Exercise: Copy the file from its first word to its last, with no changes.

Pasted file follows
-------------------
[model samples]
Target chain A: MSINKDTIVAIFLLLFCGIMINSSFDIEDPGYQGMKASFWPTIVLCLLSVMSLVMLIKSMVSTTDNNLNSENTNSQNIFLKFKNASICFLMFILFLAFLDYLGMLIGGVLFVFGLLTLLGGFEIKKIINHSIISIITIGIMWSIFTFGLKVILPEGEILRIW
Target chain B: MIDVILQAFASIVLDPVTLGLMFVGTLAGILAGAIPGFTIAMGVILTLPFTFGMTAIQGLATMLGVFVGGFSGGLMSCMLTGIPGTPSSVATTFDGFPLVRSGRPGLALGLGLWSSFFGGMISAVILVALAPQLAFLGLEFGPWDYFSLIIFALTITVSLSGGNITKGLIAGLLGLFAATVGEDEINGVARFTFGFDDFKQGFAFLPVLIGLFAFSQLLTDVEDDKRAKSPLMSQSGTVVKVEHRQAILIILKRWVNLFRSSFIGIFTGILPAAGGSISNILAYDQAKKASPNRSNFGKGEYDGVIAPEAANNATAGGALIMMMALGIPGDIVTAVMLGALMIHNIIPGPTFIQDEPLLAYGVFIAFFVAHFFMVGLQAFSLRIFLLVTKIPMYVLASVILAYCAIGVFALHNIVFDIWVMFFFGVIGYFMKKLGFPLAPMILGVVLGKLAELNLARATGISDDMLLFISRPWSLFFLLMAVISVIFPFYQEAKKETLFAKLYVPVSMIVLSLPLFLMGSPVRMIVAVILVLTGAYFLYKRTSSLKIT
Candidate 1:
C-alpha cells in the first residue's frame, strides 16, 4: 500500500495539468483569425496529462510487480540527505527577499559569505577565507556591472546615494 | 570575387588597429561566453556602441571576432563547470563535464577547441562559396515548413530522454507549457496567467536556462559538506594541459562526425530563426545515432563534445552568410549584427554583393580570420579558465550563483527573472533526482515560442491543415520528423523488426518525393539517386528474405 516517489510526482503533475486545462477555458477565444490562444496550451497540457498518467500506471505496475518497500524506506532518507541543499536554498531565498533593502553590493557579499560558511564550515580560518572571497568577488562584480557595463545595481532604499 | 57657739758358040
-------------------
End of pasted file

[model samples]
Target chain A: MSINKDTIVAIFLLLFCGIMINSSFDIEDPGYQGMKASFWPTIVLCLLSVMSLVMLIKSMVSTTDNNLNSENTNSQNIFLKFKNASICFLMFILFLAFLDYLGMLIGGVLFVFGLLTLLGGFEIKKIINHSIISIITIGIMWSIFTFGLKVILPEGEILRIW
Target chain B: MIDVILQAFASIVLDPVTLGLMFVGTLAGILAGAIPGFTIAMGVILTLPFTFGMTAIQGLATMLGVFVGGFSGGLMSCMLTGIPGTPSSVATTFDGFPLVRSGRPGLALGLGLWSSFFGGMISAVILVALAPQLAFLGLEFGPWDYFSLIIFALTITVSLSGGNITKGLIAGLLGLFAATVGEDEINGVARFTFGFDDFKQGFAFLPVLIGLFAFSQLLTDVEDDKRAKSPLMSQSGTVVKVEHRQAILIILKRWVNLFRSSFIGIFTGILPAAGGSISNILAYDQAKKASPNRSNFGKGEYDGVIAPEAANNATAGGALIMMMALGIPGDIVTAVMLGALMIHNIIPGPTFIQDEPLLAYGVFIAFFVAHFFMVGLQAFSLRIFLLVTKIPMYVLASVILAYCAIGVFALHNIVFDIWVMFFFGVIGYFMKKLGFPLAPMILGVVLGKLAELNLARATGISDDMLLFISRPWSLFFLLMAVISVIFPFYQEAKKETLFAKLYVPVSMIVLSLPLFLMGSPVRMIVAVILVLTGAYFLYKRTSSLKIT
Candidate 1:
C-alpha cells in the first residue's frame, strides 16, 4: 500500500495539468483569425496529462510487480540527505527577499559569505577565507556591472546615494 | 570575387588597429561566453556602441571576432563547470563535464577547441562559396515548413530522454507549457496567467536556462559538506594541459562526425530563426545515432563534445552568410549584427554583393580570420579558465550563483527573472533526482515560442491543415520528423523488426518525393539517386528474405 516517489510526482503533475486545462477555458477565444490562444496550451497540457498518467500506471505496475518497500524506506532518507541543499536554498531565498533593502553590493557579499560558511564550515580560518572571497568577488562584480557595463545595481532604499 | 57657739758358040